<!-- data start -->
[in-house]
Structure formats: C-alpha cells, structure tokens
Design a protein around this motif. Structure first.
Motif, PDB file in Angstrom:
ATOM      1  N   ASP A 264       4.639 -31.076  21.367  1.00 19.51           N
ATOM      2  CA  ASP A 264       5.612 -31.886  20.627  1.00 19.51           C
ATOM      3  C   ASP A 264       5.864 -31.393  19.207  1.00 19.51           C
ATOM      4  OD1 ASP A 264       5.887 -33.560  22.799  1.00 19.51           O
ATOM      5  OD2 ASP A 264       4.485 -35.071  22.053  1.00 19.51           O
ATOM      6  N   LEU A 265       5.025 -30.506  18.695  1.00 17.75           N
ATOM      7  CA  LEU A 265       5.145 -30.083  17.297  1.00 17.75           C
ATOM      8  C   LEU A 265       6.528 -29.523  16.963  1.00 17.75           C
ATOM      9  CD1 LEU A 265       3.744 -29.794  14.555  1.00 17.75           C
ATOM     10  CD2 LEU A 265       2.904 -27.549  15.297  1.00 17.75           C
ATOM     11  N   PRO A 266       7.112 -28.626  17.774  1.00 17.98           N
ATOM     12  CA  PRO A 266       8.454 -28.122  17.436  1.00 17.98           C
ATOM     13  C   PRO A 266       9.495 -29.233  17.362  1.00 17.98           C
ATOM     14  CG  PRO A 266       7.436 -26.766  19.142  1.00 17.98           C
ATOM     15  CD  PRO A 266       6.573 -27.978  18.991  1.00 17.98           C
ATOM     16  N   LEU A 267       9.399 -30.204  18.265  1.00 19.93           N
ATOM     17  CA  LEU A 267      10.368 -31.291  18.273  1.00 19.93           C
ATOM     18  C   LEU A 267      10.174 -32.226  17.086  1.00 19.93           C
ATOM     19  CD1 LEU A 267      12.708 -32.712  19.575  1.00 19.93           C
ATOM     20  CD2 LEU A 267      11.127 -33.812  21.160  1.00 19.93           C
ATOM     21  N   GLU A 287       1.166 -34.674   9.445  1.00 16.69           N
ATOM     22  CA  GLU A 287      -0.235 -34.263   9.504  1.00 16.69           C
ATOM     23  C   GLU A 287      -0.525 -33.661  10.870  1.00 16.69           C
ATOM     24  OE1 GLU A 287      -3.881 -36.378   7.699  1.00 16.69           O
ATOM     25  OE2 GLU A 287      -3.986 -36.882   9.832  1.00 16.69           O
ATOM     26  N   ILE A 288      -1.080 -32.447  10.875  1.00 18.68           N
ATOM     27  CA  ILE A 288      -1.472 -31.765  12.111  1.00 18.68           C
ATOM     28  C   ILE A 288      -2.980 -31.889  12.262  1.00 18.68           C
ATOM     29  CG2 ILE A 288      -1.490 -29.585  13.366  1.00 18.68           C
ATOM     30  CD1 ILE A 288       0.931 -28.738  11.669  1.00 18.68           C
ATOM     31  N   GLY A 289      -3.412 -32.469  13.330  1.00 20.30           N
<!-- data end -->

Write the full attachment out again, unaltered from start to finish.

[in-house]
Structure formats: C-alpha cells, structure tokens
Design a protein around this motif. Structure first.
Motif, PDB file in Angstrom:
ATOM      1  N   ASP A 264       4.639 -31.076  21.367  1.00 19.51           N
ATOM      2  CA  ASP A 264       5.612 -31.886  20.627  1.00 19.51           C
ATOM      3  C   ASP A 264       5.864 -31.393  19.207  1.00 19.51           C
ATOM      4  OD1 ASP A 264       5.887 -33.560  22.799  1.00 19.51           O
ATOM      5  OD2 ASP A 264       4.485 -35.071  22.053  1.00 19.51           O
ATOM      6  N   LEU A 265       5.025 -30.506  18.695  1.00 17.75           N
ATOM      7  CA  LEU A 265       5.145 -30.083  17.297  1.00 17.75           C
ATOM      8  C   LEU A 265       6.528 -29.523  16.963  1.00 17.75           C
ATOM      9  CD1 LEU A 265       3.744 -29.794  14.555  1.00 17.75           C
ATOM     10  CD2 LEU A 265       2.904 -27.549  15.297  1.00 17.75           C
ATOM     11  N   PRO A 266       7.112 -28.626  17.774  1.00 17.98           N
ATOM     12  CA  PRO A 266       8.454 -28.122  17.436  1.00 17.98           C
ATOM     13  C   PRO A 266       9.495 -29.233  17.362  1.00 17.98           C
ATOM     14  CG  PRO A 266       7.436 -26.766  19.142  1.00 17.98           C
ATOM     15  CD  PRO A 266       6.573 -27.978  18.991  1.00 17.98           C
ATOM     16  N   LEU A 267       9.399 -30.204  18.265  1.00 19.93           N
ATOM     17  CA  LEU A 267      10.368 -31.291  18.273  1.00 19.93           C
ATOM     18  C   LEU A 267      10.174 -32.226  17.086  1.00 19.93           C
ATOM     19  CD1 LEU A 267      12.708 -32.712  19.575  1.00 19.93           C
ATOM     20  CD2 LEU A 267      11.127 -33.812  21.160  1.00 19.93           C
ATOM     21  N   GLU A 287       1.166 -34.674   9.445  1.00 16.69           N
ATOM     22  CA  GLU A 287      -0.235 -34.263   9.504  1.00 16.69           C
ATOM     23  C   GLU A 287      -0.525 -33.661  10.870  1.00 16.69           C
ATOM     24  OE1 GLU A 287      -3.881 -36.378   7.699  1.00 16.69           O
ATOM     25  OE2 GLU A 287      -3.986 -36.882   9.832  1.00 16.69           O
ATOM     26  N   ILE A 288      -1.080 -32.447  10.875  1.00 18.68           N
ATOM     27  CA  ILE A 288      -1.472 -31.765  12.111  1.00 18.68           C
ATOM     28  C   ILE A 288      -2.980 -31.889  12.262  1.00 18.68           C
ATOM     29  CG2 ILE A 288      -1.490 -29.585  13.366  1.00 18.68           C
ATOM     30  CD1 ILE A 288       0.931 -28.738  11.669  1.00 18.68           C
ATOM     31  N   GLY A 289      -3.412 -32.469  13.330  1.00 20.30           N